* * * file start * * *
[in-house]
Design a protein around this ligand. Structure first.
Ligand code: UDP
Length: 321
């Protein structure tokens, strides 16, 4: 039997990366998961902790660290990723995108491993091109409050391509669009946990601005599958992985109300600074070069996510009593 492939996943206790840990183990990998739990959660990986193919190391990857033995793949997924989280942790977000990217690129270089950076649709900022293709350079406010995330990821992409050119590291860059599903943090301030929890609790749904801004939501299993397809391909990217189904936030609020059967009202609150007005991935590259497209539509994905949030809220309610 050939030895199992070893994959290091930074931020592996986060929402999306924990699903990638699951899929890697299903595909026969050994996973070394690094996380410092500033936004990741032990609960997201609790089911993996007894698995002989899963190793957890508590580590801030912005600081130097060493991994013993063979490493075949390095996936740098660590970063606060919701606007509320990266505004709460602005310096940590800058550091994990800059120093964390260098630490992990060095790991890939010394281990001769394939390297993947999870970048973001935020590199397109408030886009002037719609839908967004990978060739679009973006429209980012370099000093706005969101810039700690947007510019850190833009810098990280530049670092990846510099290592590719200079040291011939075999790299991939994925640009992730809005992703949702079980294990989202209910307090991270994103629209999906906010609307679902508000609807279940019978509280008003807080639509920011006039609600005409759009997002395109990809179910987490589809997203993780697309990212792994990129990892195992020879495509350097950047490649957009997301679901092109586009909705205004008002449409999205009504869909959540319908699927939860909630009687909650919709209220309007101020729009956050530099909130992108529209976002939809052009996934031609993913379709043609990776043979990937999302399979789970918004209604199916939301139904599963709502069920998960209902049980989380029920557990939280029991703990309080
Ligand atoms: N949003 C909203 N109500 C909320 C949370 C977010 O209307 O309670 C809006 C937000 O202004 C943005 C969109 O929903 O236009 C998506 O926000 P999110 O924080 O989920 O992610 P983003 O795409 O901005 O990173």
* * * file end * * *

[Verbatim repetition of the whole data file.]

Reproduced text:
[in-house]
Design a protein around this ligand. Structure first.
Ligand code: UDP
Length: 321
């Protein structure tokens, strides 16, 4: 039997990366998961902790660290990723995108491993091109409050391509669009946990601005599958992985109300600074070069996510009593 492939996943206790840990183990990998739990959660990986193919190391990857033995793949997924989280942790977000990217690129270089950076649709900022293709350079406010995330990821992409050119590291860059599903943090301030929890609790749904801004939501299993397809391909990217189904936030609020059967009202609150007005991935590259497209539509994905949030809220309610 050939030895199992070893994959290091930074931020592996986060929402999306924990699903990638699951899929890697299903595909026969050994996973070394690094996380410092500033936004990741032990609960997201609790089911993996007894698995002989899963190793957890508590580590801030912005600081130097060493991994013993063979490493075949390095996936740098660590970063606060919701606007509320990266505004709460602005310096940590800058550091994990800059120093964390260098630490992990060095790991890939010394281990001769394939390297993947999870970048973001935020590199397109408030886009002037719609839908967004990978060739679009973006429209980012370099000093706005969101810039700690947007510019850190833009810098990280530049670092990846510099290592590719200079040291011939075999790299991939994925640009992730809005992703949702079980294990989202209910307090991270994103629209999906906010609307679902508000609807279940019978509280008003807080639509920011006039609600005409759009997002395109990809179910987490589809997203993780697309990212792994990129990892195992020879495509350097950047490649957009997301679901092109586009909705205004008002449409999205009504869909959540319908699927939860909630009687909650919709209220309007101020729009956050530099909130992108529209976002939809052009996934031609993913379709043609990776043979990937999302399979789970918004209604199916939301139904599963709502069920998960209902049980989380029920557990939280029991703990309080
Ligand atoms: N949003 C909203 N109500 C909320 C949370 C977010 O209307 O309670 C809006 C937000 O202004 C943005 C969109 O929903 O236009 C998506 O926000 P999110 O924080 O989920 O992610 P983003 O795409 O901005 O990173």